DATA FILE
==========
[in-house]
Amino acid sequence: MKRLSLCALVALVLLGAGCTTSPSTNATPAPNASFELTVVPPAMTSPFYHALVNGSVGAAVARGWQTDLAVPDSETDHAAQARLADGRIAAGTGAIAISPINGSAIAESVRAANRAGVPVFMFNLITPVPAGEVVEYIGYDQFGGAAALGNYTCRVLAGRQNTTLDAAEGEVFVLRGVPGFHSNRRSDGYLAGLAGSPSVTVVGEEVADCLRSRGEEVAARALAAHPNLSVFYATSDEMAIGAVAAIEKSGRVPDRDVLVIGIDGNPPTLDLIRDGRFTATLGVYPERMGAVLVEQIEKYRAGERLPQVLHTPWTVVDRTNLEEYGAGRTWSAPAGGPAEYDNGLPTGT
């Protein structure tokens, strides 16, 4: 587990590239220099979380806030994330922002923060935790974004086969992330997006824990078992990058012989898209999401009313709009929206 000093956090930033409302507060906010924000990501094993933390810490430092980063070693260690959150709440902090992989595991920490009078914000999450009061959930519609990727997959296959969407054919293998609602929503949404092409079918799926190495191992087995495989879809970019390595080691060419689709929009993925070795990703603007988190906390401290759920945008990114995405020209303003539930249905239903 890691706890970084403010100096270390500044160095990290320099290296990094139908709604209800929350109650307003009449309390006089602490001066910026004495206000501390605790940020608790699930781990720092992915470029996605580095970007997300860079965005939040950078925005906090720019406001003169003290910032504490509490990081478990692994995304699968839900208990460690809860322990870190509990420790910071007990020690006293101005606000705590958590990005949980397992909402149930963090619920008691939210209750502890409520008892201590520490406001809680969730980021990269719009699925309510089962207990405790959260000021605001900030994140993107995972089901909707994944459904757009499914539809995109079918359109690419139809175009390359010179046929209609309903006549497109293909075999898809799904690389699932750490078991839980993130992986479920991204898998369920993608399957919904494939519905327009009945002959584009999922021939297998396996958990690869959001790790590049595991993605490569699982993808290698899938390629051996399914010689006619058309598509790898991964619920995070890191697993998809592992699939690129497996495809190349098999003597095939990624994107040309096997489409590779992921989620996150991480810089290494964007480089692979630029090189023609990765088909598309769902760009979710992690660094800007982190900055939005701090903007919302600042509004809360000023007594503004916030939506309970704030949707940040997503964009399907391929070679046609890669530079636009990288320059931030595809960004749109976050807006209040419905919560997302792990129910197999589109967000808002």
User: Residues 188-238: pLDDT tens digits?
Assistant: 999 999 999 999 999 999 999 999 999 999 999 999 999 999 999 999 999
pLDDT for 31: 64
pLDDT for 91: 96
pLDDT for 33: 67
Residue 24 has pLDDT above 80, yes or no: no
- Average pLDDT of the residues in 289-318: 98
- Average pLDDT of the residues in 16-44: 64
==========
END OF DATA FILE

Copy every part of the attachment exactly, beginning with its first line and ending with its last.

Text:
[in-house]
Amino acid sequence: MKRLSLCALVALVLLGAGCTTSPSTNATPAPNASFELTVVPPAMTSPFYHALVNGSVGAAVARGWQTDLAVPDSETDHAAQARLADGRIAAGTGAIAISPINGSAIAESVRAANRAGVPVFMFNLITPVPAGEVVEYIGYDQFGGAAALGNYTCRVLAGRQNTTLDAAEGEVFVLRGVPGFHSNRRSDGYLAGLAGSPSVTVVGEEVADCLRSRGEEVAARALAAHPNLSVFYATSDEMAIGAVAAIEKSGRVPDRDVLVIGIDGNPPTLDLIRDGRFTATLGVYPERMGAVLVEQIEKYRAGERLPQVLHTPWTVVDRTNLEEYGAGRTWSAPAGGPAEYDNGLPTGT
């Protein structure tokens, strides 16, 4: 587990590239220099979380806030994330922002923060935790974004086969992330997006824990078992990058012989898209999401009313709009929206 000093956090930033409302507060906010924000990501094993933390810490430092980063070693260690959150709440902090992989595991920490009078914000999450009061959930519609990727997959296959969407054919293998609602929503949404092409079918799926190495191992087995495989879809970019390595080691060419689709929009993925070795990703603007988190906390401290759920945008990114995405020209303003539930249905239903 890691706890970084403010100096270390500044160095990290320099290296990094139908709604209800929350109650307003009449309390006089602490001066910026004495206000501390605790940020608790699930781990720092992915470029996605580095970007997300860079965005939040950078925005906090720019406001003169003290910032504490509490990081478990692994995304699968839900208990460690809860322990870190509990420790910071007990020690006293101005606000705590958590990005949980397992909402149930963090619920008691939210209750502890409520008892201590520490406001809680969730980021990269719009699925309510089962207990405790959260000021605001900030994140993107995972089901909707994944459904757009499914539809995109079918359109690419139809175009390359010179046929209609309903006549497109293909075999898809799904690389699932750490078991839980993130992986479920991204898998369920993608399957919904494939519905327009009945002959584009999922021939297998396996958990690869959001790790590049595991993605490569699982993808290698899938390629051996399914010689006619058309598509790898991964619920995070890191697993998809592992699939690129497996495809190349098999003597095939990624994107040309096997489409590779992921989620996150991480810089290494964007480089692979630029090189023609990765088909598309769902760009979710992690660094800007982190900055939005701090903007919302600042509004809360000023007594503004916030939506309970704030949707940040997503964009399907391929070679046609890669530079636009990288320059931030595809960004749109976050807006209040419905919560997302792990129910197999589109967000808002």
User: Residues 188-238: pLDDT tens digits?
Assistant: 999 999 999 999 999 999 999 999 999 999 999 999 999 999 999 999 999
pLDDT for 31: 64
pLDDT for 91: 96
pLDDT for 33: 67
Residue 24 has pLDDT above 80, yes or no: no
- Average pLDDT of the residues in 289-318: 98
- Average pLDDT of the residues in 16-44: 64